Sales of Precision1, our newest daily SiHy contact lens, have nearly doubled from the sales levels earlier this year, driven by increased adoption and conversion. Through strong commercial execution, Alcon now has the leading share in new and switch fits in the daily sphere category, and Precision1 is outperforming the first year of our successful DAILIES TOTAL1 launch.

We’ve also introduced Precision1 for astigmatism to select U.S. accounts last month. Early feedback has been superb, and we’re now prioritizing the launch of Precision1 for astigmatism in the U.S. and Europe early next year. In fact, we plan to launch both Precision sphere and toric in Europe within the same quarter, which is a first for Alcon and the industry. We believe launching both modalities concurrently significantly strengthens the impact of our Precision1 brand family.

Combined with DAILIES TOTAL1 sphere and multi-focal as our premium offering, we will have a more comprehensive offering of lenses for both the premium segment and the middle market. Moving forward, we’ve made the decision to focus our resources on those brands. We will make a future call on the launch timing of DAILIES TOTAL1 toric, once we have Precision1 sphere and toric fully established in our key geographies.

Lastly, Pataday continues to reinforce our leadership position in the U.S. over-the-counter ocular allergy market and we’ve recently launched SYSTANE Ultra multi-dose preservative-free or MDPF, in Germany, our first entry into the preservative-free market in Europe. As I’ve said before, our SYSTANE multi-dose preservative-free will open the doors to exciting share opportunities that build on Alcon’s global dry eye leadership.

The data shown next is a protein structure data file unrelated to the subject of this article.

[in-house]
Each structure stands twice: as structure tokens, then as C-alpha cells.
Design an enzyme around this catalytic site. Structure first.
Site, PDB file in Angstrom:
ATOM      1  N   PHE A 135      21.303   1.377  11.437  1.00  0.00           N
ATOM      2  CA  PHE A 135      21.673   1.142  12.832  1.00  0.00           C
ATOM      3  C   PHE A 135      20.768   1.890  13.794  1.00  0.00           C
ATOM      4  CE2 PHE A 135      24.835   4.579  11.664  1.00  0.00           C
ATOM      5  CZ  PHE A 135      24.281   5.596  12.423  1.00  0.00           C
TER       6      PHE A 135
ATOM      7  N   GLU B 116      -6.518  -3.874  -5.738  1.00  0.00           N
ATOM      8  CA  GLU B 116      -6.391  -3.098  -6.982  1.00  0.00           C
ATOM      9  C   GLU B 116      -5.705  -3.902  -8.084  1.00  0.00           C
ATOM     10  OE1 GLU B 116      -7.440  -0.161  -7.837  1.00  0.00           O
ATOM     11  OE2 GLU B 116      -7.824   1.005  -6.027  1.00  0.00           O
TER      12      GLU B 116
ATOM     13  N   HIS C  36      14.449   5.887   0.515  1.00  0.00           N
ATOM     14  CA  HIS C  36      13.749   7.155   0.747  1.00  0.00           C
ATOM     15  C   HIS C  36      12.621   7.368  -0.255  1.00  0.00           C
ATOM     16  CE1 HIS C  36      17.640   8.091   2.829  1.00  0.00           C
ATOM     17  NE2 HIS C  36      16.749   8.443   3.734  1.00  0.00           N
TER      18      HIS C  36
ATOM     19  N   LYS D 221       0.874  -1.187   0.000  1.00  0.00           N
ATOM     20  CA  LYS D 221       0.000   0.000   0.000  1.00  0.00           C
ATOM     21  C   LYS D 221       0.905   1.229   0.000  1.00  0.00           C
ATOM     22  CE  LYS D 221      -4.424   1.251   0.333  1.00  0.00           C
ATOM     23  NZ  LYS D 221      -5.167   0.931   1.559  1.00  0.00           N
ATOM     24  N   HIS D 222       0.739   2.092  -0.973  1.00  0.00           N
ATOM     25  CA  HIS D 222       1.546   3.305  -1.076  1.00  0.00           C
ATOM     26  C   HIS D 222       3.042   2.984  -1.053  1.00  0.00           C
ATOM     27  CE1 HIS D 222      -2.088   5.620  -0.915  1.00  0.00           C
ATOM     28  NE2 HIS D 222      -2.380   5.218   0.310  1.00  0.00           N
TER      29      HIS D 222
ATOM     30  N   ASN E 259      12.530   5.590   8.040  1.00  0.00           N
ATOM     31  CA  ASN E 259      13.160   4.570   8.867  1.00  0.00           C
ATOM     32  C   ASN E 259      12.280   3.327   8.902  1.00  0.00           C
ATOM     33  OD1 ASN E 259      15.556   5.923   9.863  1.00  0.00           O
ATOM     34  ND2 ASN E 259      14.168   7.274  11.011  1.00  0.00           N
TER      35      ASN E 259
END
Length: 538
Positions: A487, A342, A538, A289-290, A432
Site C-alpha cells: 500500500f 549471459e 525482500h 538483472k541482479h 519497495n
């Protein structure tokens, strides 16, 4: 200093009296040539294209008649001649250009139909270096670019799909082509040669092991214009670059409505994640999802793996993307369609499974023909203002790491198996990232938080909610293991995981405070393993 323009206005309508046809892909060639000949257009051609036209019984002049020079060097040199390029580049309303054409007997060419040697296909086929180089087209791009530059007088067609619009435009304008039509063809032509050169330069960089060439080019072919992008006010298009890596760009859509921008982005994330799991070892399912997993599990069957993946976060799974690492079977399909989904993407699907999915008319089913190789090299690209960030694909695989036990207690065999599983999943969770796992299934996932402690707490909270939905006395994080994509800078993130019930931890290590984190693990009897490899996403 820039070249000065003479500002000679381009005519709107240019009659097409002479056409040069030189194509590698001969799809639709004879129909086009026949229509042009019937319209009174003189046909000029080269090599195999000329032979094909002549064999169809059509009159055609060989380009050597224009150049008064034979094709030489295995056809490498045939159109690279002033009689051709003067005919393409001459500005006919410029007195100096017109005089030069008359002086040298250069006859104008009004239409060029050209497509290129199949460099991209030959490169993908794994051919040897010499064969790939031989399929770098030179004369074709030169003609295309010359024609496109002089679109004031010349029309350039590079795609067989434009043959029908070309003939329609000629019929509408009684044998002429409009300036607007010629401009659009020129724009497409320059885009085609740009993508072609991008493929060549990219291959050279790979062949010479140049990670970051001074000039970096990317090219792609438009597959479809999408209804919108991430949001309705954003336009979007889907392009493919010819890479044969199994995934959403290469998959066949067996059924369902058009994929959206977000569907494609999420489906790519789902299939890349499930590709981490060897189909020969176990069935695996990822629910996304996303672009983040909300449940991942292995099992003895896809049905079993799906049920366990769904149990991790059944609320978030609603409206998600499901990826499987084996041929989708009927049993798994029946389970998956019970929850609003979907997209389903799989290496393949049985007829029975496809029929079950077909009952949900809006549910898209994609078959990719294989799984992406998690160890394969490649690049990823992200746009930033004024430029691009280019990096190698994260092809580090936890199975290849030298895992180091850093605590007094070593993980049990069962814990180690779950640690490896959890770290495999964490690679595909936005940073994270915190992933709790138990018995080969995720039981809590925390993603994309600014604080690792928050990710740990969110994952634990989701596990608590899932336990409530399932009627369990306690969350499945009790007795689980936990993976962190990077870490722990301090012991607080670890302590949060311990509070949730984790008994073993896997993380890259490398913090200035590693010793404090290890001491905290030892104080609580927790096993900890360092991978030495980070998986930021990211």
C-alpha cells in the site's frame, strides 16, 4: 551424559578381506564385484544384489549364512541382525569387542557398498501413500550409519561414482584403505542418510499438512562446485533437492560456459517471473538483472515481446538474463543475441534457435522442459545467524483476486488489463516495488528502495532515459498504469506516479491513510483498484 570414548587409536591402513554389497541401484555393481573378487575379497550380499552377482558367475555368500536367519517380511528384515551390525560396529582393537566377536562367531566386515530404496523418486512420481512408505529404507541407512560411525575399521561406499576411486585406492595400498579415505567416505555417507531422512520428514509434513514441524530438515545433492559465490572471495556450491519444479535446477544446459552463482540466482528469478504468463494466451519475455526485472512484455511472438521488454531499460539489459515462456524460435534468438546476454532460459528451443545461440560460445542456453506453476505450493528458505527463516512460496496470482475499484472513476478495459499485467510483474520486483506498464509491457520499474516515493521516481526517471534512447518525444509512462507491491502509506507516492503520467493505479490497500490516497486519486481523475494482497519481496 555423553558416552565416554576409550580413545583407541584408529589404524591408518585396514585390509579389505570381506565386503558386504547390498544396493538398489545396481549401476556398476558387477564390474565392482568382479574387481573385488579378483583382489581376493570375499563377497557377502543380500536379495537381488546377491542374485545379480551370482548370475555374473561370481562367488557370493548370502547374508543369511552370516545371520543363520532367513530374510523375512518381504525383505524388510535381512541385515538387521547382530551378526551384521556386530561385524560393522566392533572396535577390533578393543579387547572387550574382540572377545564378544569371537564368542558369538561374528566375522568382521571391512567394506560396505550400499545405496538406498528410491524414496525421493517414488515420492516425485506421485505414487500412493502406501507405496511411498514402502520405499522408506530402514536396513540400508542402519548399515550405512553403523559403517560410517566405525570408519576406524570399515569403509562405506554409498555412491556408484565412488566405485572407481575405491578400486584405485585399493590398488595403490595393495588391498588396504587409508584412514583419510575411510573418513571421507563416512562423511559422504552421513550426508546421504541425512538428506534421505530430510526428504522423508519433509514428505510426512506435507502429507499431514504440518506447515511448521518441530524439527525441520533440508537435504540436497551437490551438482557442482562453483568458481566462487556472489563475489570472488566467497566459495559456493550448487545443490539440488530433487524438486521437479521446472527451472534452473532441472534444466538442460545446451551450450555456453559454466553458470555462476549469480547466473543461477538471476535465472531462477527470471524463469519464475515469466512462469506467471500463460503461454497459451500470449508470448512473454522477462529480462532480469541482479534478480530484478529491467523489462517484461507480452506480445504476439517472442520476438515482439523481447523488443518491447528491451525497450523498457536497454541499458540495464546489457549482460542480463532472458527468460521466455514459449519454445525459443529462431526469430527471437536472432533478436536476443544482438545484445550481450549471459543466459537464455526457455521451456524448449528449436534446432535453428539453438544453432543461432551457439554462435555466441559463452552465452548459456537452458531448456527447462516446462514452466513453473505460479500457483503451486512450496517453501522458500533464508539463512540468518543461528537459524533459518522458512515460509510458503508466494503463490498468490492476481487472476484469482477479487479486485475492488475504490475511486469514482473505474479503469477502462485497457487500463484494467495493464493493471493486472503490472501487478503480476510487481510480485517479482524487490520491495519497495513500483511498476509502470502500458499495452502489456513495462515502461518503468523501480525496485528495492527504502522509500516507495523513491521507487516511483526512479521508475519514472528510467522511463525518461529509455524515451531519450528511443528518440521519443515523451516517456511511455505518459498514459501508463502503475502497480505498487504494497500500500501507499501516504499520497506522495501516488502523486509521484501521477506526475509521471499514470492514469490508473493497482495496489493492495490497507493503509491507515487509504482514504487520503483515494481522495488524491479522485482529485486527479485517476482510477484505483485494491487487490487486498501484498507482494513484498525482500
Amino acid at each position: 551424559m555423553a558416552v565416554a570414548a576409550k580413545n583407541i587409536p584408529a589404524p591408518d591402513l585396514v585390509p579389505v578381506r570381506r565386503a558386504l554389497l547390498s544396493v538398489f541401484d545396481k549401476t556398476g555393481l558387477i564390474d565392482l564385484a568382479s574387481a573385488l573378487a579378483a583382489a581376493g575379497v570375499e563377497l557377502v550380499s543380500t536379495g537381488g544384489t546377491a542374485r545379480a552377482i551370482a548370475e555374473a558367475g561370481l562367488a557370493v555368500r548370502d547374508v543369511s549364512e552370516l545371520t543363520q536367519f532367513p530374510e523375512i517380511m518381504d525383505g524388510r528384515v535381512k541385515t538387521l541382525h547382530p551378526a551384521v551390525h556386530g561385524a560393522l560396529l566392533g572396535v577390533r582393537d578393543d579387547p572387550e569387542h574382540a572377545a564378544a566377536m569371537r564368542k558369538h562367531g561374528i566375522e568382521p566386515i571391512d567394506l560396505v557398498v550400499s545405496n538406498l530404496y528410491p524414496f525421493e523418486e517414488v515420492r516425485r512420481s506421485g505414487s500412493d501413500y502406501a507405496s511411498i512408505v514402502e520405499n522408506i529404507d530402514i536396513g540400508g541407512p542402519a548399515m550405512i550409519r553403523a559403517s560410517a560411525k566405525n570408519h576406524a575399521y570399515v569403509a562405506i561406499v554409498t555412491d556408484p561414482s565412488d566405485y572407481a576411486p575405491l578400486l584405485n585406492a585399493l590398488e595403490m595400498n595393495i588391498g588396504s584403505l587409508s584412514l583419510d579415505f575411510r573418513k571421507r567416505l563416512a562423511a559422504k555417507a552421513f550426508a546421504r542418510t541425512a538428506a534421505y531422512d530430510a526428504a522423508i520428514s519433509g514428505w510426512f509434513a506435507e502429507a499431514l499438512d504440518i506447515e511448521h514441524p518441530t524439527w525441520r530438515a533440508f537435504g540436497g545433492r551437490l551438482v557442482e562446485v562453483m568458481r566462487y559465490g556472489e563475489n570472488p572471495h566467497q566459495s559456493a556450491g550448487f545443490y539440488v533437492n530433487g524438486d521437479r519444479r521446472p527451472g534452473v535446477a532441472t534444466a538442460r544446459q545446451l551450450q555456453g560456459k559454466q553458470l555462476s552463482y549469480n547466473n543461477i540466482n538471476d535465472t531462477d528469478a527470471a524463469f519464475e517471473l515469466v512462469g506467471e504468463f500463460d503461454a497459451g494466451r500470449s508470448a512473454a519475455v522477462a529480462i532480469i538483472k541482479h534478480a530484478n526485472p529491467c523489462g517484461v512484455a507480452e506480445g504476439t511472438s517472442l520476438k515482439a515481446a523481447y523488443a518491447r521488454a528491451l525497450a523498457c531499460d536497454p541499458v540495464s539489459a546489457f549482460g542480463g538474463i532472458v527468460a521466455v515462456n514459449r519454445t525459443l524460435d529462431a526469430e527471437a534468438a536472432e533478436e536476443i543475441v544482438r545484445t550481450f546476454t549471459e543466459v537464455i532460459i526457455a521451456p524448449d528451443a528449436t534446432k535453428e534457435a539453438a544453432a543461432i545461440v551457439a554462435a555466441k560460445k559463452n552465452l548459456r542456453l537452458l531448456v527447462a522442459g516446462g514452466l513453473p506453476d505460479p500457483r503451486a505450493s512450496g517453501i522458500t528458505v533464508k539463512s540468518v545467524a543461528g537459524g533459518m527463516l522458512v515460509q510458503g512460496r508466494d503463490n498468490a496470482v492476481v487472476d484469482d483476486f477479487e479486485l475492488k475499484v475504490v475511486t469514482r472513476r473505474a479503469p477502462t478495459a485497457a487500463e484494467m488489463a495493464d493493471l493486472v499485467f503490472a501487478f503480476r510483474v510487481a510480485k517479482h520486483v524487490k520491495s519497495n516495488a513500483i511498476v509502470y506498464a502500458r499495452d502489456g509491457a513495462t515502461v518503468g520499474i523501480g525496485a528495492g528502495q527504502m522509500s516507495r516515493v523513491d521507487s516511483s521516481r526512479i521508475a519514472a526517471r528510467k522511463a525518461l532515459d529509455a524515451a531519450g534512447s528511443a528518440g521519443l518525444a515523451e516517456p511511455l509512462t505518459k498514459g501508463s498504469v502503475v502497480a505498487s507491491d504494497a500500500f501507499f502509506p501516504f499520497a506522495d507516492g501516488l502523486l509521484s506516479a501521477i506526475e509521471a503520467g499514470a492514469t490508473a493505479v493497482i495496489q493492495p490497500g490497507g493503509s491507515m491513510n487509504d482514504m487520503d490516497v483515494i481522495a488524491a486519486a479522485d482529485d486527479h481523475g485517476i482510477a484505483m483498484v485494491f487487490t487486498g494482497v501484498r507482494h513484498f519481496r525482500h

Turning to our markets. We saw strong improvements in both surgical and vision care during the third quarter. The trend for global cataract procedures rebounded from a 50%-plus decline in the second quarter to an approximate 15% decline in the third quarter. In vision care, the contact lens market declined 5% in the third quarter after declining a little over 20% in Q2. While the daily disposable market declined around 4%, we were the leading share gainer. Precision1 and DT1 combined contributed to share gains in both the global sphere and multi-focal category, which were partly offset by declines in toric. As I mentioned earlier, we’re excited to be launching Precision1 for astigmatism in U.S. and other key markets in early ’21, which allows us to compete in the daily SiHy toric market.

Over the past six months, we conducted various surveys of our doctors and patients across several markets, and I want to share just a couple of highlights. First, more than 70% of our respondents indicated a willingness to pay a premium for better contact lens. Unlike glasses, contact lenses do not fog up when ones wearing a facial mask. We believe that consumers’ emphasis on health and wellness will drive demand for better lens performance and as a result, we believe Precision1 and DAILIES TOTAL1 are well positioned for long-term growth.

Second, 80% of Americans are spending more time in front of screens during the pandemic and 45% are reporting dry eye because of this increased screen time. The growing awareness of eye health and dry eye will give consumers a reason to visit their eye care professionals and seek out our ocular health products, giving our SYSTANE brand family a steady growth market over time.